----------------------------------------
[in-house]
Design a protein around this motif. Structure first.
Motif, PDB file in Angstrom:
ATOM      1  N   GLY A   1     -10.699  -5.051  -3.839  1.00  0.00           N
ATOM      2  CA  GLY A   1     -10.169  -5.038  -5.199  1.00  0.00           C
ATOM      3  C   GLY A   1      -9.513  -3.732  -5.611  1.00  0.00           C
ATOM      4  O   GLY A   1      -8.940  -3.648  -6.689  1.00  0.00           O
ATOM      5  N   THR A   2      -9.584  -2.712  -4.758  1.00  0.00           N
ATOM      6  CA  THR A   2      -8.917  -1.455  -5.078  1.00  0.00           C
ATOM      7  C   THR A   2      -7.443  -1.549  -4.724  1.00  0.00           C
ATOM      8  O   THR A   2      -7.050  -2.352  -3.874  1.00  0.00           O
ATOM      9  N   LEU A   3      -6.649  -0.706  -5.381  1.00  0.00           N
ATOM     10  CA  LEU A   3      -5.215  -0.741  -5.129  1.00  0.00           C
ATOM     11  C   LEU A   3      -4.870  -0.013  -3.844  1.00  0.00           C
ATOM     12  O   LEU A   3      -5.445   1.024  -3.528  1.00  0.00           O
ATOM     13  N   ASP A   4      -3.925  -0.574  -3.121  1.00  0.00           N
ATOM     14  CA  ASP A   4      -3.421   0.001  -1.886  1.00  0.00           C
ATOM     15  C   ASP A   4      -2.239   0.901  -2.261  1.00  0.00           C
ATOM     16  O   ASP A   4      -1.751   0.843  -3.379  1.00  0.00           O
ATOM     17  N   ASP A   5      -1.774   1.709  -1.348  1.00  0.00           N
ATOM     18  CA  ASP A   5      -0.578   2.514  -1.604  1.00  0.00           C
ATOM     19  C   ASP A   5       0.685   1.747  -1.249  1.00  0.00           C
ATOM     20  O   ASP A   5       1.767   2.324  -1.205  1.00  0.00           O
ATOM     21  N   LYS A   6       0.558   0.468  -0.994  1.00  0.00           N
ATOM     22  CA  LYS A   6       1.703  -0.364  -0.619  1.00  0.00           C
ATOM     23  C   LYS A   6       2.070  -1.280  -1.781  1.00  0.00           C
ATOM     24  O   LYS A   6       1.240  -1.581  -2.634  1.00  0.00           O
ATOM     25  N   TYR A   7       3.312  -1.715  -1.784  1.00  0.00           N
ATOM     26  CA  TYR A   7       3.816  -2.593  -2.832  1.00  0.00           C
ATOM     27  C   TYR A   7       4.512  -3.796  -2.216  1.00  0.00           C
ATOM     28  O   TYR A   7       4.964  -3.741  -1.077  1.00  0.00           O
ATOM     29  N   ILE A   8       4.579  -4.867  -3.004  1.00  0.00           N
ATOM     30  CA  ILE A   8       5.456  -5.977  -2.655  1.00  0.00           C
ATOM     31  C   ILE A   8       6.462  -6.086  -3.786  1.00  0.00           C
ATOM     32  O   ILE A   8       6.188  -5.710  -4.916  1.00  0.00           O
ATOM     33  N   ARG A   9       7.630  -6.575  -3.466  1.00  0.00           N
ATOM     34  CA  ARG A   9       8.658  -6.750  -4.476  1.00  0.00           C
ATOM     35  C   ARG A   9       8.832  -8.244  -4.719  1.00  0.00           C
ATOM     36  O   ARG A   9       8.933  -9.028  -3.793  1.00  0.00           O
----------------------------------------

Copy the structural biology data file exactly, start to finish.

[in-house]
Design a protein around this motif. Structure first.
Motif, PDB file in Angstrom:
ATOM      1  N   GLY A   1     -10.699  -5.051  -3.839  1.00  0.00           N
ATOM      2  CA  GLY A   1     -10.169  -5.038  -5.199  1.00  0.00           C
ATOM      3  C   GLY A   1      -9.513  -3.732  -5.611  1.00  0.00           C
ATOM      4  O   GLY A   1      -8.940  -3.648  -6.689  1.00  0.00           O
ATOM      5  N   THR A   2      -9.584  -2.712  -4.758  1.00  0.00           N
ATOM      6  CA  THR A   2      -8.917  -1.455  -5.078  1.00  0.00           C
ATOM      7  C   THR A   2      -7.443  -1.549  -4.724  1.00  0.00           C
ATOM      8  O   THR A   2      -7.050  -2.352  -3.874  1.00  0.00           O
ATOM      9  N   LEU A   3      -6.649  -0.706  -5.381  1.00  0.00           N
ATOM     10  CA  LEU A   3      -5.215  -0.741  -5.129  1.00  0.00           C
ATOM     11  C   LEU A   3      -4.870  -0.013  -3.844  1.00  0.00           C
ATOM     12  O   LEU A   3      -5.445   1.024  -3.528  1.00  0.00           O
ATOM     13  N   ASP A   4      -3.925  -0.574  -3.121  1.00  0.00           N
ATOM     14  CA  ASP A   4      -3.421   0.001  -1.886  1.00  0.00           C
ATOM     15  C   ASP A   4      -2.239   0.901  -2.261  1.00  0.00           C
ATOM     16  O   ASP A   4      -1.751   0.843  -3.379  1.00  0.00           O
ATOM     17  N   ASP A   5      -1.774   1.709  -1.348  1.00  0.00           N
ATOM     18  CA  ASP A   5      -0.578   2.514  -1.604  1.00  0.00           C
ATOM     19  C   ASP A   5       0.685   1.747  -1.249  1.00  0.00           C
ATOM     20  O   ASP A   5       1.767   2.324  -1.205  1.00  0.00           O
ATOM     21  N   LYS A   6       0.558   0.468  -0.994  1.00  0.00           N
ATOM     22  CA  LYS A   6       1.703  -0.364  -0.619  1.00  0.00           C
ATOM     23  C   LYS A   6       2.070  -1.280  -1.781  1.00  0.00           C
ATOM     24  O   LYS A   6       1.240  -1.581  -2.634  1.00  0.00           O
ATOM     25  N   TYR A   7       3.312  -1.715  -1.784  1.00  0.00           N
ATOM     26  CA  TYR A   7       3.816  -2.593  -2.832  1.00  0.00           C
ATOM     27  C   TYR A   7       4.512  -3.796  -2.216  1.00  0.00           C
ATOM     28  O   TYR A   7       4.964  -3.741  -1.077  1.00  0.00           O
ATOM     29  N   ILE A   8       4.579  -4.867  -3.004  1.00  0.00           N
ATOM     30  CA  ILE A   8       5.456  -5.977  -2.655  1.00  0.00           C
ATOM     31  C   ILE A   8       6.462  -6.086  -3.786  1.00  0.00           C
ATOM     32  O   ILE A   8       6.188  -5.710  -4.916  1.00  0.00           O
ATOM     33  N   ARG A   9       7.630  -6.575  -3.466  1.00  0.00           N
ATOM     34  CA  ARG A   9       8.658  -6.750  -4.476  1.00  0.00           C
ATOM     35  C   ARG A   9       8.832  -8.244  -4.719  1.00  0.00           C
ATOM     36  O   ARG A   9       8.933  -9.028  -3.793  1.00  0.00           O